Lego Blocks By Arto Alanenpää (Own work) [CC BY-SA 4.0 (http://creativecommons.org/licenses/by-sa/4.0)], via Wikimedia Commons
Lego is one of my all-time favourite toys. As a kid, I loved building and creating, and the blocks brought out the inner architect in me. As a parent, I was thrilled that my kids loved Lego, so I could buy as much as my budget would allow for them to play with, of course.
One of the awesome things about Lego is its indestructibility. We’ve all encountered just how indestructible it is when we’ve stepped on one of those little bricks in our sock feet. It can hurt like the dickens. But its durability has good and bad aspects to it. The good: the blocks always fit together perfectly, unlike Lego’s competitors’ blocks. The bad, once it ends up in landfill, it will be there pretty much forever. Eventually, most of us grow out of Lego, and while many of us will keep a few sets, most of it, unfortunately, will find its way to landfill, maybe not now — it might get put away for future grandchildren or get sold at garage sales — but sooner or later it will end up in the garbage. » Read more: Does Lego really need to spend $150 million on building a better block?
Wondering what to do with that old lamp you have gathering dust in the basement? Maybe you could turn it into a vase! What about an old unused trunk? Could it become a chest of drawers?
If you’re oozing with creative talent and have Martha Stewartesque qualities about you, here is your chance to put those powers to work!
Earth Day Canada is running a contest between now and November 27th, 2011 to demonstrate your Upcycling abilities and creativity.
According to the Earth Day Canada website: “Projects will demonstrate the importance of re-use and waste reduction with adherence to good safety practices.”
It’s a great way for us to rethink what we might consider to be garbage. Stuck for ideas? The concept for this contest immediately made me think of the magazine, Real Simple, which is always creating alternative uses for everyday items. Taking a look through it might help you come up with a few creative nuggets of your own.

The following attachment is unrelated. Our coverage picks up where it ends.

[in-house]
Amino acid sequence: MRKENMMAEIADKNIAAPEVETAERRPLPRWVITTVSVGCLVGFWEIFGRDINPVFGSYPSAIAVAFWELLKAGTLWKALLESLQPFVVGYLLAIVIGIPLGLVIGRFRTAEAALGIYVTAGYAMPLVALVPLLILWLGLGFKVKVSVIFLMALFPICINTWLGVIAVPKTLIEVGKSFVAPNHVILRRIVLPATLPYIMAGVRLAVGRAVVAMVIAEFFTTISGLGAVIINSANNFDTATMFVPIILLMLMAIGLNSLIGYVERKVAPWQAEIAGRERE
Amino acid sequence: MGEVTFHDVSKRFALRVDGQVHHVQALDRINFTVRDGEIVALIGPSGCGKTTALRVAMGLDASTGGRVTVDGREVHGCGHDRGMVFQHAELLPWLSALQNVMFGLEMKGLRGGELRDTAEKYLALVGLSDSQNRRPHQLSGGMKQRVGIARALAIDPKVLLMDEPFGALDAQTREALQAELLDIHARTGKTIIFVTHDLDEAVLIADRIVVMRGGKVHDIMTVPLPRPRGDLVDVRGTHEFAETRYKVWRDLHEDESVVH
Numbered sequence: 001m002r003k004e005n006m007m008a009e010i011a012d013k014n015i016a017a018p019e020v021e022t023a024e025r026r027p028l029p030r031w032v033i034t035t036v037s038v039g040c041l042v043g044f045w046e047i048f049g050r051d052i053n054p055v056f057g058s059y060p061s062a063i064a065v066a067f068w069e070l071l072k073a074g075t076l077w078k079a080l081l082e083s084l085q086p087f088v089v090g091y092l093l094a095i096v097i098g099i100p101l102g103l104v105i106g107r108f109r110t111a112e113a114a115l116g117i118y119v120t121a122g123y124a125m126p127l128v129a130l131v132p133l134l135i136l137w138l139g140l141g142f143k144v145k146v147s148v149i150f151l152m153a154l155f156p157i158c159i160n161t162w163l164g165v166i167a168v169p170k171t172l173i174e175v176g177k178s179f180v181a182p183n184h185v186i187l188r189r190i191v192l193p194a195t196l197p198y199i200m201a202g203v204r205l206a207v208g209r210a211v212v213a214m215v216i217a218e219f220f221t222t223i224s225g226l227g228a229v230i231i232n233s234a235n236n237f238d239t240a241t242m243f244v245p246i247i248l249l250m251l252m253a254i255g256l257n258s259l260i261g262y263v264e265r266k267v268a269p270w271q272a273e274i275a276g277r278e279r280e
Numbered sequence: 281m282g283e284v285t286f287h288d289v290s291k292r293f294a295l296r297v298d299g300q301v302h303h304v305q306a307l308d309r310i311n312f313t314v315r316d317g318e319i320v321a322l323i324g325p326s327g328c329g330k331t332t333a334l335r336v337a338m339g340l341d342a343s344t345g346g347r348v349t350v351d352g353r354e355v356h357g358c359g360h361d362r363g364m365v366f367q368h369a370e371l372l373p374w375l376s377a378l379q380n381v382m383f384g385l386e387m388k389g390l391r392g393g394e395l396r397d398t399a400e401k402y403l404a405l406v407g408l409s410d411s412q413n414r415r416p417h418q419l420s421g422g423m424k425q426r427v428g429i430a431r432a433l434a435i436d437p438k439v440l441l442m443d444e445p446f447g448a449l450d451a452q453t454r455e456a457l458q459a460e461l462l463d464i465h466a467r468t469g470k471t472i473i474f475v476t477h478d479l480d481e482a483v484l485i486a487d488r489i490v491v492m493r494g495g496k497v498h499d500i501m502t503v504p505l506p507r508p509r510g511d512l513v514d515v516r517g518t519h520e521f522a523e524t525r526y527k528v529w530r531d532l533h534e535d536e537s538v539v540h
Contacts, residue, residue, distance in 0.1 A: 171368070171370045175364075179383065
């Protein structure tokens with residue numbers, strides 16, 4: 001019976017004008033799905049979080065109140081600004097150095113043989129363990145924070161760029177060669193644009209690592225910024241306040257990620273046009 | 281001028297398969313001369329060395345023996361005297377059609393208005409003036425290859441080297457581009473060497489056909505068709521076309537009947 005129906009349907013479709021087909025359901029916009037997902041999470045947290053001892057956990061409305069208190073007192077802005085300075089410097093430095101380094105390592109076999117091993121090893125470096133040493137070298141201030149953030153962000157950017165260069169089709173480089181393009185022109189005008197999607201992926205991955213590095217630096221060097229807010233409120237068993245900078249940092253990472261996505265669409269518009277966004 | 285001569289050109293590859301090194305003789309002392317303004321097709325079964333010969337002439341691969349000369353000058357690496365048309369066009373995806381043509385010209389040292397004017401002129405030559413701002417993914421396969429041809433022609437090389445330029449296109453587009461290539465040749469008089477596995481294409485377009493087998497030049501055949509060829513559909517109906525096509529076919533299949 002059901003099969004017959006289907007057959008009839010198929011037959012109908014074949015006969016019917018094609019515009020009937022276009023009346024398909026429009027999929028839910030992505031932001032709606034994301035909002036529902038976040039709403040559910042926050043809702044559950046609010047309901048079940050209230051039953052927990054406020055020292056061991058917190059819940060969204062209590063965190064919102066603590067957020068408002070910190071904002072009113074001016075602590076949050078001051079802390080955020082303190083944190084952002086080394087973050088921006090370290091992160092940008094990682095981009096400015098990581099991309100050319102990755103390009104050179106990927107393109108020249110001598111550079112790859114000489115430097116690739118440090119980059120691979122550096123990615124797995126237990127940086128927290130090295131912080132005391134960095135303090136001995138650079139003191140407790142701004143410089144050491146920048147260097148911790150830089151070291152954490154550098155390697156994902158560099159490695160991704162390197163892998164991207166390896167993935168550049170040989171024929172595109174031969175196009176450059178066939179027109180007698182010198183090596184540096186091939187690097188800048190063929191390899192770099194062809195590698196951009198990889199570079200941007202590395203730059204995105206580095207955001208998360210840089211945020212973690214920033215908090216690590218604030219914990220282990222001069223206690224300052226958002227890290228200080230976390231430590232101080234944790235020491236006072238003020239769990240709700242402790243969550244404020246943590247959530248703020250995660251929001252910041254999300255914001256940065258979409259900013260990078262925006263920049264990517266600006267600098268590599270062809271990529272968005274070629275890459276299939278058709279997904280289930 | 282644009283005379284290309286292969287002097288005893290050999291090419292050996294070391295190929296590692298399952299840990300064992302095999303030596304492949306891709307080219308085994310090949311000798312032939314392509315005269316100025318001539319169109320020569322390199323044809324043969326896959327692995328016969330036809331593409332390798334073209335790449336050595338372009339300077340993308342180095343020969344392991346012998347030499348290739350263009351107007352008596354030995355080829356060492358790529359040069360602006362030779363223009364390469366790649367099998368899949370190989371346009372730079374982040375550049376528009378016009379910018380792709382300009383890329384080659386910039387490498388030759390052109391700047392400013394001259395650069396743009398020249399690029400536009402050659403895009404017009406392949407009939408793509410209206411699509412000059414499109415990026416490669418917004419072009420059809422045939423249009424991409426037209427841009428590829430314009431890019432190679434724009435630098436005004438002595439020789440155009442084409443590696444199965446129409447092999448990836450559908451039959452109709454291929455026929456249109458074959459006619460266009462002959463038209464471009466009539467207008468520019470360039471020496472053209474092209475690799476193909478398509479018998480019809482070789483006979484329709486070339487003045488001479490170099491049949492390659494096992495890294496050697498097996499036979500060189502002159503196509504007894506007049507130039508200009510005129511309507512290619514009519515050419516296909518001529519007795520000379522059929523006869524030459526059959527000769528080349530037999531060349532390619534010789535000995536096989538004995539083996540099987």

Winning categories and prizes:
There are two categories, “individual” and “group” and three winning entries in each: “Most Upcycled” “Most Inventive” and “Best Makeover.”
Individuals will win a cordless drill and driver kit donated by Panasonic.
Groups will win a cordless drill and driver kit as well as a cordless jigsaw.
One school/classroom will win an Electronic Whiteboard, courtesy of Panasonic.
Let’s just say you’ve inherited four Victorian dining chairs with needlepoint cushions from your grandmother and desperately want to give them away or sell them or put them on the curb but guilt makes you keep them and you cart them around from house to house wondering what in the world you’re going to do with them (ahem). Along comes Vicky Sanderson, who abhores throwing out good pieces of furniture, or almost anything for that matter, if she can breathe new life into it by giving it a stylish update. Bringing old pieces up to date will not only make you enjoy your old pieces, but also make you think fondly of your childhood days at granny’s instead of resenting the pieces themselves. Not sure how to do this? Read on as Vicky inspires us with ideas for sprucing up your home by reusing what you have and adding a little paint to breathe life into old pieces (and rooms).
But, BEFORE Vicky tells us how to get more from less, if you’d like to see her in person, Vicky will be at the Toronto Fall Home Show running September 22-25, 2011 at the Better Living Centre, Exhibition Place. She will be speaking about shortcuts to take to create fabulous décor on Thursday, September 22 at 3:00pm, Friday, September 23 at 1:00pm, and Sunday, September 25 at 4:00pm on the Style at Home Main Stage presented by HGTV. Visit www.fallhomeshow.com for more details.
And now, back to Vicky….
Upcycle. Repurpose. Steampunk. They’re all variations on a theme, used to describe the practice of modifying and repairing existing goods to extend their lives. While the design cognoscenti may claim it as the latest trend, it’s been a way of life for greenies for a long time — at least as long as the motto, reduce, reuse, recycle has been part of common eco-parlance.
It’s only now that the cool kids get that not only is recycled decor good for the planet — it can be a quick shortcut to seriously chic room design. And getting the look is dead easy, because it’s entirely based on personal taste and imagination.
A coat of paint is one of the quickest, most affordable ways to refresh the style of any room, or to give new lustre to a beloved, but well-worn piece of furniture or accessory. And colour, of course, is always highly personal.
Look to retailers for inspiration (Photo courtesy of RONA)